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How to Winterize Your Lawn Mower + $100 American Express Giveaway


How to Winterize Your Lawn Mower

I always get a little excited after the last lawn mowing of the season. Granted, I have a son who does the lawn mowing for me now, but the lawn not needing to be mowed means mom doesn’t have to nag someone to do it. We don’t get snow covered lawns here in California, but with the cooler months and rain, we luckily do not have to mow throughout our winters. Although your lawn mower isn’t a vehicle, it’s maintenance and care is similar to that of a car. If you want to maintain longevity in your lawn mower, it is important to learn how to winterize it. MetLife Auto & Home and I have some tips to help you do just that.

  1. A good place to start, as with any type of vehicle maintenance is to review the owner’s manual. Each mower is slightly different, so make sure you are following safety precautions and maintenance specific to your mower’s make and model.
    2. Whenever working on any type of vehicle, ventilate the workspace. Work outdoors or open the garage door to ventilate exhaust fumes for safety.
    3. Something I never would have thought about is to disconnect the spark plug before working. This prevents accidental starts. On a riding mower, disconnect the battery.
    4. Clean it up. This is where I get the kids involved. Brush grass clippings off the surface, or use a putty knife to scrape buildup from the bottom of the mower and blades.
    5.Lubricate the mower. Use a manufacturer-recommended lubricant on moving parts such as the handle on a self-propelled mower.
    6. Change the oil. I rely on YouTtube tutorials for this kind of thing, because it is out of my realm of expertise. Run the mower several minutes to make the oil easier to drain. When you’re done, find a recycling center that properly disposes of the old oil.
    7. Clean or replace the air filter. Silly me didn’t even realize lawn mowers had air filters. When replacing a paper filter, make sure the pleats are facing out. If installing a foam filter, instead of paper, soak it in engine oil and remove the excess. This helps trap dust and dirt.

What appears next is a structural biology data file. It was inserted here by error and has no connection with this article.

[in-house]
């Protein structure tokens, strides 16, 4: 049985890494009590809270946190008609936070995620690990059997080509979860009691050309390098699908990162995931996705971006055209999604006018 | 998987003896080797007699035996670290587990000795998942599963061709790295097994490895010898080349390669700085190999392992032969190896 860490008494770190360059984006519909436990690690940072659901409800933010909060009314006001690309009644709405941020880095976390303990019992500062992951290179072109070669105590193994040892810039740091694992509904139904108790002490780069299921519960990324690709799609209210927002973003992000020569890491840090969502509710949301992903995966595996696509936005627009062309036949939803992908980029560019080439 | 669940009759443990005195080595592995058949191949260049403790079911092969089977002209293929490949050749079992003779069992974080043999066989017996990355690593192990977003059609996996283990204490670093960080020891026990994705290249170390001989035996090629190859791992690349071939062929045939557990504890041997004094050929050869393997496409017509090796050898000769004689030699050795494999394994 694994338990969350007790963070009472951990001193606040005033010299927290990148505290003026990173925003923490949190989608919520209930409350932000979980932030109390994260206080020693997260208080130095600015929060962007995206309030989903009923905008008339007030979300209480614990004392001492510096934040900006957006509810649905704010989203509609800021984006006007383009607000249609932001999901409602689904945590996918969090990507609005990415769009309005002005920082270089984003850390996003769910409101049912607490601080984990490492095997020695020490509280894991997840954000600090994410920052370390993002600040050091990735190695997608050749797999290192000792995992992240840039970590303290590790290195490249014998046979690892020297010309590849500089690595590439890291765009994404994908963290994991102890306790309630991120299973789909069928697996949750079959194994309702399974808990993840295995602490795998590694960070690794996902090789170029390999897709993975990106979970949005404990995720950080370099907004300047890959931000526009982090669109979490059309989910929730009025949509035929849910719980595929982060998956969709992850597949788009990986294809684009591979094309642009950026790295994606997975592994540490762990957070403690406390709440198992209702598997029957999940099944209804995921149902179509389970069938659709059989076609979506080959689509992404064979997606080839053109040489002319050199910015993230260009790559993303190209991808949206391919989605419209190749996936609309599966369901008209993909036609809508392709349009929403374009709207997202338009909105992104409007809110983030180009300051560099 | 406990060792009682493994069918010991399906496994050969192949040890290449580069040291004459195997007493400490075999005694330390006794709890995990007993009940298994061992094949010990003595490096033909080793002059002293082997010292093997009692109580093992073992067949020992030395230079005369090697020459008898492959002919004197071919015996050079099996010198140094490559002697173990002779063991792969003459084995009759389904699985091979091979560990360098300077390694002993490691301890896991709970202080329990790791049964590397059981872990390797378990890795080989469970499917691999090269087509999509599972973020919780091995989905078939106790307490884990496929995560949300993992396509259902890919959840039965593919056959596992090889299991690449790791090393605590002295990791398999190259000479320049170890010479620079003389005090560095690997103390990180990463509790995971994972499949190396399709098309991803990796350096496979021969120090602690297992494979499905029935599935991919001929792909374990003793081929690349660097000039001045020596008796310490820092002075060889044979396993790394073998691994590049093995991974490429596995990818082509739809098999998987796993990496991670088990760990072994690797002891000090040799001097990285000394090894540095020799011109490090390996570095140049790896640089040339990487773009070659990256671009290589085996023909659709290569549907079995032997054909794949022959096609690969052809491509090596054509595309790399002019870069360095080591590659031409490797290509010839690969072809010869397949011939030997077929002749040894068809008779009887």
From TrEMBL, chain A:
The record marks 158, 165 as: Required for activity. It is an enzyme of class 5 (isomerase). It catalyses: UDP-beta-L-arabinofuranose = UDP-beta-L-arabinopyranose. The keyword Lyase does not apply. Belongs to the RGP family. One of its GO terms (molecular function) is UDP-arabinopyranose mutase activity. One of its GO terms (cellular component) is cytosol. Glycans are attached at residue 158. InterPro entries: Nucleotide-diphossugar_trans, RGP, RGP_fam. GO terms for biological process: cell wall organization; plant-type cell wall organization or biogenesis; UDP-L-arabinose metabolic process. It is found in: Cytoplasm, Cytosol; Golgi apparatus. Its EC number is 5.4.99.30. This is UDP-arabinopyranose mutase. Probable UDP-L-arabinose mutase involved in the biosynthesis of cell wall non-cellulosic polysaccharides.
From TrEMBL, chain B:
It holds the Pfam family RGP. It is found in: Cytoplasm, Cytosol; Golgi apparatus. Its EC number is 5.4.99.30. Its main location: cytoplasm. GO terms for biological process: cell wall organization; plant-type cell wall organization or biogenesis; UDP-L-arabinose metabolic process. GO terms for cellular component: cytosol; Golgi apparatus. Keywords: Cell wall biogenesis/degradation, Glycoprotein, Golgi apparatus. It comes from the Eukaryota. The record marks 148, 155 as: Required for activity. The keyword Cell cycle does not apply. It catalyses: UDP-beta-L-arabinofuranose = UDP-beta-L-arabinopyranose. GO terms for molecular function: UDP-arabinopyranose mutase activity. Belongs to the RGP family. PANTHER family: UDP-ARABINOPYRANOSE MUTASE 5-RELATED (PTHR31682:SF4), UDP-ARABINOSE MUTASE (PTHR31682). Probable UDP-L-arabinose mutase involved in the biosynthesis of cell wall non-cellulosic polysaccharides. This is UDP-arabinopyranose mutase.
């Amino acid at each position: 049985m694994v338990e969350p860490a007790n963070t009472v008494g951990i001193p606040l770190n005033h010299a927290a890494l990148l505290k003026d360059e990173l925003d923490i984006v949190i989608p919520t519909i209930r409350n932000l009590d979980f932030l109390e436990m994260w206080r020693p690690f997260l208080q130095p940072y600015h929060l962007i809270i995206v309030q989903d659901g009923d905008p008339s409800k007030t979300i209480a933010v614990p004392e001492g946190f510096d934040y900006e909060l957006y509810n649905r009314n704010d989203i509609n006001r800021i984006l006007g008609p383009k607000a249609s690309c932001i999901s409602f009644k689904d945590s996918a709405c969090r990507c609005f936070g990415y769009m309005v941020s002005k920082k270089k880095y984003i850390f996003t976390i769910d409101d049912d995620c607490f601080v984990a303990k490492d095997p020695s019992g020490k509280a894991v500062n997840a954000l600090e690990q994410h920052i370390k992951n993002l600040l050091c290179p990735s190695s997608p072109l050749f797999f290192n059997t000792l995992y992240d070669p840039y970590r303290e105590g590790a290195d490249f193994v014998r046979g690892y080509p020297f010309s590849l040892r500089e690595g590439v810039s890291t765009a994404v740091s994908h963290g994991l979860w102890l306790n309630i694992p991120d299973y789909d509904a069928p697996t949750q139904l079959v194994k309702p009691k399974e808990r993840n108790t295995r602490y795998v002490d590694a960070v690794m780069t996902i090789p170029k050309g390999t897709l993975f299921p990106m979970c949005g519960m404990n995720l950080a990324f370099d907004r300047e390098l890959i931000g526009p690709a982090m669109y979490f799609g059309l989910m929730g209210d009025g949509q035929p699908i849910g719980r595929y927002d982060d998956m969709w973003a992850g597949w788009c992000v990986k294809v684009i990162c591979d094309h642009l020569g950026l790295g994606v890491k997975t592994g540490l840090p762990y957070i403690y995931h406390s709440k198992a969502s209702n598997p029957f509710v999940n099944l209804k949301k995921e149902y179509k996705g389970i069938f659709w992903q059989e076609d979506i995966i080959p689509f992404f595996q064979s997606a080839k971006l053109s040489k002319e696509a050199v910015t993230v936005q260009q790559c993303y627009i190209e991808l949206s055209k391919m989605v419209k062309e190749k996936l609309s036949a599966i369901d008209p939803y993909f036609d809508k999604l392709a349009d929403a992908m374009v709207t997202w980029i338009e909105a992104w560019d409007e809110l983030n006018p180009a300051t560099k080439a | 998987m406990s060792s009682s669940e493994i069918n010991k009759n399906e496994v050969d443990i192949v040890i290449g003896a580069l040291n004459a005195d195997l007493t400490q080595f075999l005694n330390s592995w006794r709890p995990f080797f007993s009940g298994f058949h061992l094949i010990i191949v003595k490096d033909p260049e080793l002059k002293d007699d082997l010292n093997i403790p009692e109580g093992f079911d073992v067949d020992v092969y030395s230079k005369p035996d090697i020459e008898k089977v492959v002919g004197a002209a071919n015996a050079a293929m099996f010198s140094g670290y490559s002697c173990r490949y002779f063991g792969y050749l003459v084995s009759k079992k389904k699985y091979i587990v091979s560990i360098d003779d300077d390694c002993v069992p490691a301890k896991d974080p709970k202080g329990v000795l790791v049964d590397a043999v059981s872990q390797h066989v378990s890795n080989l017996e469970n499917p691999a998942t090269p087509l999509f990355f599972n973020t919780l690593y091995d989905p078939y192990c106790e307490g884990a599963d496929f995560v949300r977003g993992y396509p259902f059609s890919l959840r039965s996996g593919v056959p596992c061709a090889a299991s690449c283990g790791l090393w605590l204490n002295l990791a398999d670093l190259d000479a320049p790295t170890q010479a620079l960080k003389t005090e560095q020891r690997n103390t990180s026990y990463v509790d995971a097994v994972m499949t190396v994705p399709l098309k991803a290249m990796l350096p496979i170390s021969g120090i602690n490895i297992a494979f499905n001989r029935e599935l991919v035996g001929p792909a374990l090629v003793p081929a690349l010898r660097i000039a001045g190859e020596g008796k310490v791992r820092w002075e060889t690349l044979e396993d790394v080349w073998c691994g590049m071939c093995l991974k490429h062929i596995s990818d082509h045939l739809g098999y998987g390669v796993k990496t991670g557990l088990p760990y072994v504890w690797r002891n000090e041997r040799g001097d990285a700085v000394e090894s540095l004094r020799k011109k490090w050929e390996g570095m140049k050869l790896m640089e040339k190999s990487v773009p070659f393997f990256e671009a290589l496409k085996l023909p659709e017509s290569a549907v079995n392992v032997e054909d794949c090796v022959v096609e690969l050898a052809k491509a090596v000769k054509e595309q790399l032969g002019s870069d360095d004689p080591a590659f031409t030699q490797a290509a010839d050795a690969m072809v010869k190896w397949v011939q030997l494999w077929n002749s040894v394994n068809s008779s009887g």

8. Swap the spark plug. Use a socket wrench to remove the old spark plug, then thread on a new one and tighten it with the wrench. Be sure the new plug is pre-gapped. If it isn’t gapped correctly, your mower may not start.
    9. Carefully inspect the blade. Replace it if you see large gouges or cracks. You should be able to have any dull blades sharpened at a local hardware store. Just call around first.
    10. 10. Lastly, store your lawn mower in a safe dry place. Depending on what kind of weather you get where you live, you will want to make sure your mower is protected from water and snow, to avoid rusting.

Now that you mower is prepared for winter, make sure your home and auto are ready as well. With slick and icy roads that often accompany the winter months, also comes more car accidents. MetLife Auto & Home can help you make sure all of your belongings are covered. I grew up in a flood zone, with a river and some weak levees. We haven’t had much rain in the past couple of years, but it is important to be covered when and if that times comes. 

MetLife Auto & Home offers a wide range of property and liability protection, including insurance policies to cover auto, home, condo, renter’s, mobile homes, boats and recreational vehicles, personal excess liability and floods (flood is technically through the MetLife GASM  – Property & Casualty and the gov’t). 

Let’s see your photos! Tweet or upload photos of you tuning up your lawn mowers or preparing for winter, using #MasteringAuto.

Now for the $100 American Express® Gift Card Giveaway. I want to hear your great lawn care tips. The giveaway will end at 11:59pm PT on 11/15. To enter, fill out the form below.


About the author

Emily Buys


  • Attack weeds in the early spring and summer before they have a chance to develop deep root systems.

  • I use a winter fertilizer on the lawn because I live in a cool climate, and I aereate it to keep it looking good!

  • When we had a lawn, raking the leaves was very important. We made sure this was done because lawns need that lawns to “breathe,” and that they can be smothered if a thick layer of unshredded leaves is left on top of them over the winter. 🙂

  • One tip is to use a weed and feed to keep the weeds under control. And especially this time of year, keep on top of raking leaves as they fall and don’t let them sit on your grass for a long period of time or it will kill the grass.

  • I liked using good quality composted cow manure, in the fall. What I don’t recommend, that I found out the hard way, is to rototill a heaping steaming truckbed full of uncomposted horse manure! Your neighbors won’t like the stink, and you will get a good crop of weeds!!

  • I think keeping your yard free of big sticks and trash would help. My hubby does the maintenance, and I know that a regular servicing helps.

  • Stay working on it until you can no longer because of winter water. Keep leaves rakes, lawn motor oil changed, and get ready for winter weather. A good fertilizer for winter is great, will help you in the spring

  • We don’t cut the grass too short. Leaving it a tiny bit longer allows dew to collect so that it mostly waters itself.

  • We live in the south and unfortunately have to cut our grass thru the winter but at least it’s only once a week.

  • watering the lawn once a week (slow watering) instead of frequently to allow deep moisture to penetrate deeper into the soil

  • The best tip I have is to try and fertilize and keep the ground aerated every couple of years

  • We usually have someone come and do the lawn so I have no idea and nothing to do with it.